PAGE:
26 April 2011

Road Trip Day 1: Bath

After bumming around Edinburgh for a couple of weeks, I headed down to England to visit Elizabeth. On Good Friday I hopped on an early flight and met up with Elizabeth at London Stansted at about 7:30. After downing a couple of lattes and donuts, we were on our way to Bath. From there the drive was a few hours, so we spent our time catching up and jamming out to some music.The views were pretty amazing - a lot of rolling hills interspersed with bright yellow fields of rape flowers. 
Entrance to the Jane Austen Centre.
We arrived at Bath around noon. After freshening up a bit, we headed out to see the town. After walking around the High Street a bit and grabbing a quick pasty for lunch, we made our way to the Jane Austen Centre.The museum itself is pretty small, so it didn't really take too long to go through the entire thing. We did enjoy the fact that all of the workers were in period costume and that the history of her life was covered quite thoroughly. Plus, Mr. Darcy -- and I'm talkin' about the good BBC Darcy -- was everywhere. It should really be renamed the Colin Firth Centre. When you walk in, you are immediately greeted with his handsome face welcoming you. Most rooms had his picture somewhere, but the best was the gift shop. Most things being sold had his face on it, including a full size poster. I especially appreciated the poster on display, complete with an Oscar newly attached to it. I left happy, with my Mr. Darcy coffee mug in hand. 

Entrance to the Roman Baths
Our next logical stop was the town's namesake - the Roman Baths. I entered the museum with really no previous knowledge of what the baths actually were. Sure, I knew about the public bathing aspect, but that was pretty much it. The baths themselves draw from the hot springs, which then run into the river. There is a prevailing belief that the water can cure any ailment, so the baths were traditionally used as a cure-all. Their origins date back to the Roman occupation of Britain between the first and fifth centuries. Once the Romans withdrew, the Roman Baths were gradually built up over the next few hundred years. In its heyday, the baths were a way for the elite to socialize and Bath became a resort town. People would flock from all over the country in search of a place to rent for the summer months, where they would enjoy the richness and relaxation that the Roman Baths had to offer.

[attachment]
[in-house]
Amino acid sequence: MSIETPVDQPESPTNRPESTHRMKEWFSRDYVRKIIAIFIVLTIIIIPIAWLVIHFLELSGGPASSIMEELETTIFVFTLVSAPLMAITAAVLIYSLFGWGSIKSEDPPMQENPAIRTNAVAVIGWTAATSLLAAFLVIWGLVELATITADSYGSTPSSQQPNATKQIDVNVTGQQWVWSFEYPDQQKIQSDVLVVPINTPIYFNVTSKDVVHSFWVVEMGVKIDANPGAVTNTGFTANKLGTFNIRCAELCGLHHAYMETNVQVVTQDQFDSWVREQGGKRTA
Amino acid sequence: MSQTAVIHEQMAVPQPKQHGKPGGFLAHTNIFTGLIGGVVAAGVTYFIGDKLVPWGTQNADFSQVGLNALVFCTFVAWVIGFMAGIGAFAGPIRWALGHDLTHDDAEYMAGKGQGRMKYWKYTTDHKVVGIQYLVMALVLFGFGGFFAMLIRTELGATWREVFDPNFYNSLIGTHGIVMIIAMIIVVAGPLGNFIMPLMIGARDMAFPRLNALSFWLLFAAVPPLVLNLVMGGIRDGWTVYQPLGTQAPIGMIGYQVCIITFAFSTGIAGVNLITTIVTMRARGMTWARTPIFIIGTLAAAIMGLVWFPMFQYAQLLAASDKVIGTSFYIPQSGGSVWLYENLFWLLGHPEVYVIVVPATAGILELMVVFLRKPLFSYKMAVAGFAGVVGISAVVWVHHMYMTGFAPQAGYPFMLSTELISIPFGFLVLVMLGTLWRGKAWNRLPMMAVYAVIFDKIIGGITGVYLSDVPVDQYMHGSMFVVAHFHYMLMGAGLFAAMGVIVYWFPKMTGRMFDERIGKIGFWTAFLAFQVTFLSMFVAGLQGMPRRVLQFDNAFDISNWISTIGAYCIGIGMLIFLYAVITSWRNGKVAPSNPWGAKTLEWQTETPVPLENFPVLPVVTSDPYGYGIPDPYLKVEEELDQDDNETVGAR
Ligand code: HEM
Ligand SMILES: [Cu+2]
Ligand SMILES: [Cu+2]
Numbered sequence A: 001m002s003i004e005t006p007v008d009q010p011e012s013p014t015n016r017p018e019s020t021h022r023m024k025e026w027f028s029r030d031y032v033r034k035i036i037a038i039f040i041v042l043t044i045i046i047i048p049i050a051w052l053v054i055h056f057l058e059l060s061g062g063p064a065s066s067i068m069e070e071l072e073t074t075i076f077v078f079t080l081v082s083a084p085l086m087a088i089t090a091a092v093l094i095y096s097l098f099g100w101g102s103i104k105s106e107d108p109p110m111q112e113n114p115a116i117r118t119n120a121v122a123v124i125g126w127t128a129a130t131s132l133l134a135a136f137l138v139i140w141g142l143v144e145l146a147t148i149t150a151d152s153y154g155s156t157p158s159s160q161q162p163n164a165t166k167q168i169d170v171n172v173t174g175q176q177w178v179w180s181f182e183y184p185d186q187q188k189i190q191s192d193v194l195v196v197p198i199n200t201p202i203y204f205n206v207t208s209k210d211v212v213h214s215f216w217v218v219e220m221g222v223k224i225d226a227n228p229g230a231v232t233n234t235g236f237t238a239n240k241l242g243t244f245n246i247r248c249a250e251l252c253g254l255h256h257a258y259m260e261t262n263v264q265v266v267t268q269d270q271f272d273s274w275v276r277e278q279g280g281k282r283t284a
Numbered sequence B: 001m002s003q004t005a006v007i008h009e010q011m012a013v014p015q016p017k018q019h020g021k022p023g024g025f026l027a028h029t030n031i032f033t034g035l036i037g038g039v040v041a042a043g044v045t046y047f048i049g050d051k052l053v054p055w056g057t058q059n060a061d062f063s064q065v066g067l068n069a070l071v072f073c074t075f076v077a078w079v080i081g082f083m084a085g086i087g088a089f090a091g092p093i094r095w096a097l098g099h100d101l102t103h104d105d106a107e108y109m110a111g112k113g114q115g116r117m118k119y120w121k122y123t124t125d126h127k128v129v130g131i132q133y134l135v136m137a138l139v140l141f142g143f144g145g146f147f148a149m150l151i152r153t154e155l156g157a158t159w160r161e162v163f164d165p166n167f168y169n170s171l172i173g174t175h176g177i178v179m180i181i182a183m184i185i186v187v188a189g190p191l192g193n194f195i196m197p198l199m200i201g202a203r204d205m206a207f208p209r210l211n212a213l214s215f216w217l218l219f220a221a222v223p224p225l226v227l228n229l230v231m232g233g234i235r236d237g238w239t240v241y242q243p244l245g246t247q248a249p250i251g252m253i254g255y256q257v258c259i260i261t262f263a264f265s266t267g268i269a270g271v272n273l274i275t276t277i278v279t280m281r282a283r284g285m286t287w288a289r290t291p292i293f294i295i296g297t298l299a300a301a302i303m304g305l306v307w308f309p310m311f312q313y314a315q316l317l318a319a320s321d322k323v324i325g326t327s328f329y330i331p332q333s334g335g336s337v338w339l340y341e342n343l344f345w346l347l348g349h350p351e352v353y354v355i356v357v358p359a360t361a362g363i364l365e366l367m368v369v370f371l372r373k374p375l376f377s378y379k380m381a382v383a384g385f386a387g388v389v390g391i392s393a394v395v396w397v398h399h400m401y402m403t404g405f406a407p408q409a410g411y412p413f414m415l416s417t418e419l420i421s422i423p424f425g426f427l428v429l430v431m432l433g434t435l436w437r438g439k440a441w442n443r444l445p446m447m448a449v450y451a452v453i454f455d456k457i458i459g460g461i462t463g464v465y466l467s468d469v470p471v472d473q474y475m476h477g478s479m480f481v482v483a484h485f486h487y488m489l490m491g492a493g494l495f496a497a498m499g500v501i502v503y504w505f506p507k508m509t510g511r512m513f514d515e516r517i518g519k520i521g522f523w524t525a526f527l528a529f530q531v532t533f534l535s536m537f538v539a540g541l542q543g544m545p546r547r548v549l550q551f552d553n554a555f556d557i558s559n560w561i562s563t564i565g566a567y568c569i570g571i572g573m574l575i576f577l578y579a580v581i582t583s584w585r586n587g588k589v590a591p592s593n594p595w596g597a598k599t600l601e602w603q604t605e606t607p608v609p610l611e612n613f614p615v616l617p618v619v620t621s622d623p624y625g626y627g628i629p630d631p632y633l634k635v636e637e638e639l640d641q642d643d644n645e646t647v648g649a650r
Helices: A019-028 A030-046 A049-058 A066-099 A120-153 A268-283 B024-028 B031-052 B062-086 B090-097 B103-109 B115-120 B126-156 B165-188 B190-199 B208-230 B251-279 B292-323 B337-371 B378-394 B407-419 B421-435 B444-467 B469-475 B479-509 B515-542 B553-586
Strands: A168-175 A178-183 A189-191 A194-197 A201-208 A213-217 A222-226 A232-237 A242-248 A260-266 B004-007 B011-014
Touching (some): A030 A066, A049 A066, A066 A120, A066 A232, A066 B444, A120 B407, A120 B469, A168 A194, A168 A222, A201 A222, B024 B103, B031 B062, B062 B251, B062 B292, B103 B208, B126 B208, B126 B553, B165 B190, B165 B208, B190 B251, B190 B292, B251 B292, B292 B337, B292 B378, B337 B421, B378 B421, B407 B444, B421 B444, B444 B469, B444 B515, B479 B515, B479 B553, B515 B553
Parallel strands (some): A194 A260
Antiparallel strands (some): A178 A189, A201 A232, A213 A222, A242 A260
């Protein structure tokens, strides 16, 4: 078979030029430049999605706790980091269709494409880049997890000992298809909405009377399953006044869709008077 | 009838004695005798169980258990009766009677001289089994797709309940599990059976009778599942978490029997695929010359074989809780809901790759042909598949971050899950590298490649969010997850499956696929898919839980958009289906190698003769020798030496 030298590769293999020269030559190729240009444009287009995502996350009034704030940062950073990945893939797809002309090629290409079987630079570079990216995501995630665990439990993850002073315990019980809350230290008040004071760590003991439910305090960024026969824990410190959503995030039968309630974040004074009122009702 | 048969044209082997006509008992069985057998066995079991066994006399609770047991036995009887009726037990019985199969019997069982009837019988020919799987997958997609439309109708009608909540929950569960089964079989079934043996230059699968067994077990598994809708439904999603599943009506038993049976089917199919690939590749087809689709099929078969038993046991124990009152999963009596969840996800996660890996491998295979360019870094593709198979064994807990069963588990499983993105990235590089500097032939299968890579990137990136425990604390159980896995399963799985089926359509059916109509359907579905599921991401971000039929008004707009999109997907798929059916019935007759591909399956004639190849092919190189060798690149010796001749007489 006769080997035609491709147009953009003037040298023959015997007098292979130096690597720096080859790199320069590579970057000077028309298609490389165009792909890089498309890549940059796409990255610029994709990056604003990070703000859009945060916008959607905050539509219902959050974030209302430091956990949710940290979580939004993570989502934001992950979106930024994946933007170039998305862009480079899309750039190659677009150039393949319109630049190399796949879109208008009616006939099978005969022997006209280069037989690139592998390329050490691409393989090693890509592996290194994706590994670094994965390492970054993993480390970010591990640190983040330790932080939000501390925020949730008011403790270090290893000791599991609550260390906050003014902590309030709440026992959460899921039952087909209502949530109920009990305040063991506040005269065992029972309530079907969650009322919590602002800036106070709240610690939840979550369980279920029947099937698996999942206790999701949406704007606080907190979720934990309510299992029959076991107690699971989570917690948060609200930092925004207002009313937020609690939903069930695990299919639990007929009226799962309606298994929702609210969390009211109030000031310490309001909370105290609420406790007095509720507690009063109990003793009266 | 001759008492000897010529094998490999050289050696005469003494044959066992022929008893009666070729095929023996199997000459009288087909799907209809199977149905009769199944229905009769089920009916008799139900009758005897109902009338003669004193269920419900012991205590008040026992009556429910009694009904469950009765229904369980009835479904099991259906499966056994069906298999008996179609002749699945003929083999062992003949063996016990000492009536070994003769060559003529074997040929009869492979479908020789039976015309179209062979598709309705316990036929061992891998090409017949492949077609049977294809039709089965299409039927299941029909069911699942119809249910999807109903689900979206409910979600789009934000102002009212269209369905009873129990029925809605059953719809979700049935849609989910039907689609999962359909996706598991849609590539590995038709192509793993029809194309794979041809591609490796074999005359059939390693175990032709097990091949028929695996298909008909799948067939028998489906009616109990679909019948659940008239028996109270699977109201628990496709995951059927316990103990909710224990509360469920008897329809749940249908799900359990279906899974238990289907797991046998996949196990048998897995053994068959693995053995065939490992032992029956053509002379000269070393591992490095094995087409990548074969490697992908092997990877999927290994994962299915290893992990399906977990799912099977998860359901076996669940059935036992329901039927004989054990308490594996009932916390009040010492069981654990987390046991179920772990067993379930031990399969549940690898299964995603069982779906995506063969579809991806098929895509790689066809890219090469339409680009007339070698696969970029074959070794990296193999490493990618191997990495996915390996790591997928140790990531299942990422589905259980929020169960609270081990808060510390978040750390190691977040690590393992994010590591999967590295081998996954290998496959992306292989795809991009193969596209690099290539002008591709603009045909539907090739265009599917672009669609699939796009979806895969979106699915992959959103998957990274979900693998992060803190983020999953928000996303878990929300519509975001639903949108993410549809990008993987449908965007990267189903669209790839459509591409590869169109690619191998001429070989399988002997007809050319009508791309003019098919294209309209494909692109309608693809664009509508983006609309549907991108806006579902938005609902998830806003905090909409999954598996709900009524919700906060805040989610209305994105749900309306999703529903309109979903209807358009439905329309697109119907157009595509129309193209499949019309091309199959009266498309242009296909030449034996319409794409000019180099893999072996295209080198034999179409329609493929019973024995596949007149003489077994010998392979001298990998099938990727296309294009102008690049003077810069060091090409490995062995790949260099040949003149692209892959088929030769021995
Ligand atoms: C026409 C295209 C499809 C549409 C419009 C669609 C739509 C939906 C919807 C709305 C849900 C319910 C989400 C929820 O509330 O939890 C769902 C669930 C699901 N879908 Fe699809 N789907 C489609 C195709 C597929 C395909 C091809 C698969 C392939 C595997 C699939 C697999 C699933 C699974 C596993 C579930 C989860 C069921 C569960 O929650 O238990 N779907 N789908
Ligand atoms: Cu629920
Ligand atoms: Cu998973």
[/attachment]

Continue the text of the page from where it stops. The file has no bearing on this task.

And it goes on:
View of the Great Bath with the cathedral in the background.
Mom Picture - always a classic.
Sacred Spring - due to underlying gases that are released, it looks like it is boiling. 
The Frigidarium - the cool pool of water that was entered after the Great Bath.
We didn't have much else on the agenda after the Roman Baths. We checked out the Circus, which is a circular ring of townhouses. They are divided into three equal sections and date back to the middle of the 18th century. In the center of the ring are a few large trees, which look like they were probably planted as saplings when the Circus was completed. Jane Austen writes about walking in the Circus, so we naturally tried to follow in her footsteps. It's kind of funny, really, how much Jane Austen is associated with the town of Bath. During the about five years that she lived in Bath with her family, she complained constantly of writer's block. Austen was apparently turned off by the richness of the resort town and she could not wait to return to the country.


  1. so.... what are rape flowers?

  2. That's the real name, I swear! We googled it and everything. They're used for vegetable oil and stuff like that, apparently.